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A millennial's guide to getting back in the black

If you’re reading this because you’re concerned about your debt and looking for resources to help you get out of the red, you are in good company. Household debt in the US has increased 37% from 2000 to 2011, the Census Bureau reports. The good news is your age group has seen the smallest increase in debt in 10 years. The bad news is your parents and grandparents have seen the largest increase.

·       Under 35 – 12.6% increase
·       Age 35-44 – 24.6% increase
·       Age 45-54 – 36% increase
·       Age 55-64 – 64% increase
·       Over age 65 – 115% increase

Don’t make the mistake of thinking you’ve got plenty of time to reverse your financial situation, and don’t be afraid to ask for help. Financial guru Dave Ramsey’s snowball plan for paying off debt is a good start.
List your obligations Create a spreadsheet (or write it on paper) listing all of your debts and sort them from the lowest amount due to the highest amount due.
Stop spending - start saving Ramsey says the first step is to accumulate $1,000 in savings, which you won’t touch except for emergencies. While you’re saving, pay only the minimum payments owed on your loans. Once you reach $1,000 in savings, take the amount that you were setting aside each week and add that to the minimum payment of the account with the smallest balance.
Pay the smallest debt Once that’s paid, the next largest, is up. Each time the debt is paid down, the more money in the pocket you will have for the larger debts— the snowball effect. To see how long it will take you to pay off a credit card if you pay minimum payments or a monthly fixed amount, use’s credit card calculator. You’ll need to know your card’s interest rate (Note: Tightwad’s favourite financial guru Gail Vaz-Oxlade says the exact opposite – see here).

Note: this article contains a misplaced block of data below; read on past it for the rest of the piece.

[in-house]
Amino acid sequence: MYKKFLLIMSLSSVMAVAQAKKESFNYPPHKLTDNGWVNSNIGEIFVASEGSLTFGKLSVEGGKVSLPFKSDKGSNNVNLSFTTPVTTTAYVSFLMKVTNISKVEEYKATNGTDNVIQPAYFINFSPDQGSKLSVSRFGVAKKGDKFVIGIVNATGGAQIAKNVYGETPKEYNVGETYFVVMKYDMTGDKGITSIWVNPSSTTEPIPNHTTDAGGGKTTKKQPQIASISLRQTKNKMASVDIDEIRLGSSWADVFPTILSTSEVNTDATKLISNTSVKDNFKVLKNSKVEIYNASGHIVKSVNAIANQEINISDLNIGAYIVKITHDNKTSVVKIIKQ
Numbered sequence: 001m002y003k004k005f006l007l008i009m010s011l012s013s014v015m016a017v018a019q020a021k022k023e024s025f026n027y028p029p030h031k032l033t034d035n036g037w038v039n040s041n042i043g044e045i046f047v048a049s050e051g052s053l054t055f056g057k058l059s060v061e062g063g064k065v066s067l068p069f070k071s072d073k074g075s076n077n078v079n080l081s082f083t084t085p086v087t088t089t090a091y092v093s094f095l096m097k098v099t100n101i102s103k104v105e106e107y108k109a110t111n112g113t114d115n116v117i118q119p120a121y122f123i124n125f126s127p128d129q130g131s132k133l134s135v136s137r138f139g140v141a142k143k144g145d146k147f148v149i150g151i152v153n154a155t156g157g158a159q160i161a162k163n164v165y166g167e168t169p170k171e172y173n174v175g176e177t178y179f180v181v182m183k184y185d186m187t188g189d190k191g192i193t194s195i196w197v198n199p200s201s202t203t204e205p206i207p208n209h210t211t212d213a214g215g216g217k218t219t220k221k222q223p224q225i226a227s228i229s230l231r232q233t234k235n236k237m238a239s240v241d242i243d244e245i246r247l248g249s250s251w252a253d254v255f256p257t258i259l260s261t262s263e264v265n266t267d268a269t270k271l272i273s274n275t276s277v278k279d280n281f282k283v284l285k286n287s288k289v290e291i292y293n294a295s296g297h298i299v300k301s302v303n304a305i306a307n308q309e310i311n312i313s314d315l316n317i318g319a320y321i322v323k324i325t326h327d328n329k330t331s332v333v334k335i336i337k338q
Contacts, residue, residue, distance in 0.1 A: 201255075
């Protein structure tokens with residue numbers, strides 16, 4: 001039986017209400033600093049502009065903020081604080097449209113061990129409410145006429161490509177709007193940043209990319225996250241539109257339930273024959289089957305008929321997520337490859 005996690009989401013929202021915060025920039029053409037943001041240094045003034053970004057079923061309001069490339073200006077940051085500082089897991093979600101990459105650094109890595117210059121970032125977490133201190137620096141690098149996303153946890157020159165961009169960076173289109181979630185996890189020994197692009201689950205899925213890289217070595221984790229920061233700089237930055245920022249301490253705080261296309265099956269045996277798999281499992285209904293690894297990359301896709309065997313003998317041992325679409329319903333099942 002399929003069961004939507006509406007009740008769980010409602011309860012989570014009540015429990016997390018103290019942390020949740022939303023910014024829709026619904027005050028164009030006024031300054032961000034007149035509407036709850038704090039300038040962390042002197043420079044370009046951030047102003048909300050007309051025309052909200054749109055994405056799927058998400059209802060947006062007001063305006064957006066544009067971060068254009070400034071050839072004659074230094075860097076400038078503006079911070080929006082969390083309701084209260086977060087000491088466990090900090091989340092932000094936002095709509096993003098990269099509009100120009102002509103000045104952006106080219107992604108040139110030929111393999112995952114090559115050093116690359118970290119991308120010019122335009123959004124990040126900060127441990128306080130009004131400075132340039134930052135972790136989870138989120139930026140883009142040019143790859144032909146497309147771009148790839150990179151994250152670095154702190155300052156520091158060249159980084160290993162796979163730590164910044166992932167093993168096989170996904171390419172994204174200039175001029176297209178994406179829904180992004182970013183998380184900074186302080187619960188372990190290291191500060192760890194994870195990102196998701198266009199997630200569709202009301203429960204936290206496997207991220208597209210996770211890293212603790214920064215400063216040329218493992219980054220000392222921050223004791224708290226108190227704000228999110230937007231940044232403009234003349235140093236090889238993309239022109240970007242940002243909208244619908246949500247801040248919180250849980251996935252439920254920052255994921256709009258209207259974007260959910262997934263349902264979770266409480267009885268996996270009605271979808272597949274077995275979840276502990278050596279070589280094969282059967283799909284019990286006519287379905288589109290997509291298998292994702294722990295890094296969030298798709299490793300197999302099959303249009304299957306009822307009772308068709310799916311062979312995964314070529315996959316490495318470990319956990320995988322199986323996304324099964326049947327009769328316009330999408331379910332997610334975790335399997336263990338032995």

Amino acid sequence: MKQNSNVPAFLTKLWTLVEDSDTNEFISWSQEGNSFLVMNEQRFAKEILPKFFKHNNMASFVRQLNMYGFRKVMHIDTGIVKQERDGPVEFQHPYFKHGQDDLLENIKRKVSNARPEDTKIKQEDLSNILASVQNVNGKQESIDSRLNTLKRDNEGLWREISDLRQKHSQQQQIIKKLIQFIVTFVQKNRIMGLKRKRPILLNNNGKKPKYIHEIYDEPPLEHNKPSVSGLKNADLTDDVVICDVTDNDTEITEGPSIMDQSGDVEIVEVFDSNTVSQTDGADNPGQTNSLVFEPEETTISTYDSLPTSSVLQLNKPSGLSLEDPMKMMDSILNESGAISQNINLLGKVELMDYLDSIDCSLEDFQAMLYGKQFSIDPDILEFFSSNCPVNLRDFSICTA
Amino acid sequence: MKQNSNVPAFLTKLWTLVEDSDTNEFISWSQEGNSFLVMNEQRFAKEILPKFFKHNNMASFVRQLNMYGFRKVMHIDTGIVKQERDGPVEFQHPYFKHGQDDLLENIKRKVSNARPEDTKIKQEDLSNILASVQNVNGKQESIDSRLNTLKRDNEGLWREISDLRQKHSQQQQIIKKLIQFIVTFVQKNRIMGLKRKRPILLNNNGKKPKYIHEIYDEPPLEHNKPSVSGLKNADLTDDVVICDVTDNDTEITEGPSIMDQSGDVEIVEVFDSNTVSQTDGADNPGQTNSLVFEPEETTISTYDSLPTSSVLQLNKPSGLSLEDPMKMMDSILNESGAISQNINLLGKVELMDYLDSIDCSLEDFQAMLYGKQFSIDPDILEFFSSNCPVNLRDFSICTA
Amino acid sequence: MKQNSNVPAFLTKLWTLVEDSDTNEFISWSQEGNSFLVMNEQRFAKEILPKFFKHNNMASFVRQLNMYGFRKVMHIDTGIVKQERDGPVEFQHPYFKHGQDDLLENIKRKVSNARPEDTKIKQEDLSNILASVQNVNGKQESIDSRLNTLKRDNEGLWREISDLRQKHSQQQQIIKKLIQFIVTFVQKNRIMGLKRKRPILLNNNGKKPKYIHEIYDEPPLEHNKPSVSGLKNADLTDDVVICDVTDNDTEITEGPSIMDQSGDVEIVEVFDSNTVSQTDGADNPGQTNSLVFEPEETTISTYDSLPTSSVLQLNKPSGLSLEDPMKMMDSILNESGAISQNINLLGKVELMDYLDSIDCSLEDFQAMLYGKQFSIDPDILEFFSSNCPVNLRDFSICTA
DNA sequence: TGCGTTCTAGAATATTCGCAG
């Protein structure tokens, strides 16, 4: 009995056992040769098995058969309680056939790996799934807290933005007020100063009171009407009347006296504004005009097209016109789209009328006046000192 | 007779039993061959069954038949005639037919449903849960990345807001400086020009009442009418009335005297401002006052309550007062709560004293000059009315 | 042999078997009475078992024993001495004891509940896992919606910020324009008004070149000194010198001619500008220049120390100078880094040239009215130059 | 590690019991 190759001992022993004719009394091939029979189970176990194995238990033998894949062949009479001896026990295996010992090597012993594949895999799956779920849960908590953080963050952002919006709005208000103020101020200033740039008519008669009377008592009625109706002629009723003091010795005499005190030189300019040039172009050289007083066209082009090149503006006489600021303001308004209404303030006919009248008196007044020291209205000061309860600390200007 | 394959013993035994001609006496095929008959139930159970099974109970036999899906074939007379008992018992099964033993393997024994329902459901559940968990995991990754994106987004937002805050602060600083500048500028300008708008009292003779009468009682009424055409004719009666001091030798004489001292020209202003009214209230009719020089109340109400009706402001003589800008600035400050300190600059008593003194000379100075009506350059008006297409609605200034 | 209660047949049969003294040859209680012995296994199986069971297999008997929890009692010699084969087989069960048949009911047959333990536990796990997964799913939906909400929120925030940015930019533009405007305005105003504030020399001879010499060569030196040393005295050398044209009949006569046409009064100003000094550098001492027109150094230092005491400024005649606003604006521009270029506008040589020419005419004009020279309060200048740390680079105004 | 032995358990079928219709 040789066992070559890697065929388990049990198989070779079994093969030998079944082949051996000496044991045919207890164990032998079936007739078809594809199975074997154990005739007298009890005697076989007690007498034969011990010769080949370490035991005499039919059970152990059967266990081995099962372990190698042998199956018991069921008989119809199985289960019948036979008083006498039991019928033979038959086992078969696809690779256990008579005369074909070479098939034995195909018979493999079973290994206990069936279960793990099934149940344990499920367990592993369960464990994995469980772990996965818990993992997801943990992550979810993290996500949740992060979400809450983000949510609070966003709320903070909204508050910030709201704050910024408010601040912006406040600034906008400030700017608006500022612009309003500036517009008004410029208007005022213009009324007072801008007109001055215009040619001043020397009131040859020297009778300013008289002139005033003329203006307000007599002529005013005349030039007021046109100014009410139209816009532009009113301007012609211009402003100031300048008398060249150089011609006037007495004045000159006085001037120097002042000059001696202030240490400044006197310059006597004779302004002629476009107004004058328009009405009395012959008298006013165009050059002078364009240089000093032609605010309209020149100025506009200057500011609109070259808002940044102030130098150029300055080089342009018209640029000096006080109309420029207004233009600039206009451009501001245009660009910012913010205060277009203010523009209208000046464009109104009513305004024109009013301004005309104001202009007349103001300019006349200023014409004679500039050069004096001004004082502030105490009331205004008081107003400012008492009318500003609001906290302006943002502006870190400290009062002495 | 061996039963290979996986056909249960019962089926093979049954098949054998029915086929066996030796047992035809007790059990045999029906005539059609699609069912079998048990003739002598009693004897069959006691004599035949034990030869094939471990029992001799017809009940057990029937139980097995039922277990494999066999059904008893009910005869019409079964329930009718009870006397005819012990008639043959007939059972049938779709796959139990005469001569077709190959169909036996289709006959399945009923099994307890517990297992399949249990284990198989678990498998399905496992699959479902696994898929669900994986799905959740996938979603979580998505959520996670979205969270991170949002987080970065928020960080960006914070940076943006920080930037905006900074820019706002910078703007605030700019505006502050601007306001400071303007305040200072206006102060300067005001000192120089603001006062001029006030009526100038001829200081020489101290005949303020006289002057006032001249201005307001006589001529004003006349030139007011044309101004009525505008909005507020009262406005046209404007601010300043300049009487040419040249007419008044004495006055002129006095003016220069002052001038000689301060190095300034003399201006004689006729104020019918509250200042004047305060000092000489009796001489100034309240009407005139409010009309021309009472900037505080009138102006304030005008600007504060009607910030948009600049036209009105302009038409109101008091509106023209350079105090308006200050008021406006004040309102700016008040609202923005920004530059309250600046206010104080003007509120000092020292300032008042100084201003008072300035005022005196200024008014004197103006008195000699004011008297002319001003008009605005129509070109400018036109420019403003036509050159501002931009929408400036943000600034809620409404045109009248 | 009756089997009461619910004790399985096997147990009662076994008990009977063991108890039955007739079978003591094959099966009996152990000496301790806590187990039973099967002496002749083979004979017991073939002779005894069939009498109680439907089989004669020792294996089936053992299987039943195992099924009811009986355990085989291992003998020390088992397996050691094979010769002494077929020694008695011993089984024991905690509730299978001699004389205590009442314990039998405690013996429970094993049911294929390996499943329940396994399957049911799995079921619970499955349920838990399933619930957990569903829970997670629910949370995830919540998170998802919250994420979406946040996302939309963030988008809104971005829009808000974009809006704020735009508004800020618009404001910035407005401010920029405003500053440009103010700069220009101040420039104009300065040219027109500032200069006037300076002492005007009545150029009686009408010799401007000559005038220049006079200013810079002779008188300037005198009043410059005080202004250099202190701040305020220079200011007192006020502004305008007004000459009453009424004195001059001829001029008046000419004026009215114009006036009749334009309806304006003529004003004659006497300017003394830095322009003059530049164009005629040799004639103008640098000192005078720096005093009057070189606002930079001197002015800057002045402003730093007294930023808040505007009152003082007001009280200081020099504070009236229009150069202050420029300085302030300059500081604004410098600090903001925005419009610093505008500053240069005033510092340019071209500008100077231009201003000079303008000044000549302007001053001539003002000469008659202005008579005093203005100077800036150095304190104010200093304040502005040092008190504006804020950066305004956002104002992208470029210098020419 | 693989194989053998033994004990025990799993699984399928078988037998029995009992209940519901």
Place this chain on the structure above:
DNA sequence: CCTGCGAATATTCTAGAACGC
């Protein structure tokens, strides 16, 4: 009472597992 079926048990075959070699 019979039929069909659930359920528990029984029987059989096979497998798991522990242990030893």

Cash in an annuity If you are receiving periodic annuity payments, you might be able to cash in all or a portion of your future payments and use the lump sum of cash you receive to pay your loans sooner. A company like J.G. Wentworth will evaluate the terms of the annuity payments you receive and give you a quote for purchasing all or part of those payments.
Use an accountant However you get yourself out of debt, run it by an accountant or financial adviser. If you don’t have one, ask friends and family to recommend someone. The small consultation fee is worth paying if it means one more step to financial freedom.


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